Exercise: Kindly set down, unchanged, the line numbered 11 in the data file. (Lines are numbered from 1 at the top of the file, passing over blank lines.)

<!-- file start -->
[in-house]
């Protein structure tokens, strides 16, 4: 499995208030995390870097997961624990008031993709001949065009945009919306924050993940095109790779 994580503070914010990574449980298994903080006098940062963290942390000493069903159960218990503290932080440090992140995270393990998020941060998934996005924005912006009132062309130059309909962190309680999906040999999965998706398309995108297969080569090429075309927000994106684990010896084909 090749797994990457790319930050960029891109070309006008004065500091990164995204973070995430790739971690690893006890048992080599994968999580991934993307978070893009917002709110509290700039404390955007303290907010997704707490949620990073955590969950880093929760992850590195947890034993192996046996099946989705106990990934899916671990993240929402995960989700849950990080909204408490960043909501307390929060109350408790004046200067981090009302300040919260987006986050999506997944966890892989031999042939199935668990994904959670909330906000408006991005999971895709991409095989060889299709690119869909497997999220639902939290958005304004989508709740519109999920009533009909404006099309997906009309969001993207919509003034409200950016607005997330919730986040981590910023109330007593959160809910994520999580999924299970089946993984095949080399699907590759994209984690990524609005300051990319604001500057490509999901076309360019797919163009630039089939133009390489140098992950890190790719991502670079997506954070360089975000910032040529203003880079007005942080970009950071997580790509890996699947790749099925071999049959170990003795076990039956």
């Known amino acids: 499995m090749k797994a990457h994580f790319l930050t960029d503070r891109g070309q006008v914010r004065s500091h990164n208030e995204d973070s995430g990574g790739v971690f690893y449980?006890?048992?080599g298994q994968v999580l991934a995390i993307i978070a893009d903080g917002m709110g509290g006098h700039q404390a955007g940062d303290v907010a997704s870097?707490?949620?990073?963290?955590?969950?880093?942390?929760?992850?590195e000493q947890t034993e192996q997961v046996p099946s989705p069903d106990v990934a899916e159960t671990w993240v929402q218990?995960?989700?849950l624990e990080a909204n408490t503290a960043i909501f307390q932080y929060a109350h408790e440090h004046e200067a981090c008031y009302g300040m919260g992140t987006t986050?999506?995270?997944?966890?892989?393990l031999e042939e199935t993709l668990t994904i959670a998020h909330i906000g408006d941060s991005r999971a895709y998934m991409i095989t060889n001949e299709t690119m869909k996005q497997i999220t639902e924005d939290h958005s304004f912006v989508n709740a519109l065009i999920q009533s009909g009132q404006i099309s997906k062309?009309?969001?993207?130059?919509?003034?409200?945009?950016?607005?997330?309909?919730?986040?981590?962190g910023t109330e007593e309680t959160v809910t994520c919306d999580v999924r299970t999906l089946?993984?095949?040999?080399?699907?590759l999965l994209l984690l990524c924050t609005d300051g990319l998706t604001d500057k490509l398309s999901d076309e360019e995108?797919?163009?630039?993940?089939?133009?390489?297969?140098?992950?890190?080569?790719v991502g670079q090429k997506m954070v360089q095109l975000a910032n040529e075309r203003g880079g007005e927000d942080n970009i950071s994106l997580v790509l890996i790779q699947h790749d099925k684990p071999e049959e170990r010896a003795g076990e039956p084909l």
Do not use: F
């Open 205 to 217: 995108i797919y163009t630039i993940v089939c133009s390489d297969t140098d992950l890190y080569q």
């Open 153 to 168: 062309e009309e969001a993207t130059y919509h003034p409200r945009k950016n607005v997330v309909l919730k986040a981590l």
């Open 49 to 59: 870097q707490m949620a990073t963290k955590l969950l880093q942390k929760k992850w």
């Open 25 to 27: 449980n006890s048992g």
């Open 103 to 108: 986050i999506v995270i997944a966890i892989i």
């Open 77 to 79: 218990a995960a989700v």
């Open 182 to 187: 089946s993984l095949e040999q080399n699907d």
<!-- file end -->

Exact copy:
């Open 182 to 187: 089946s993984l095949e040999q080399n699907d």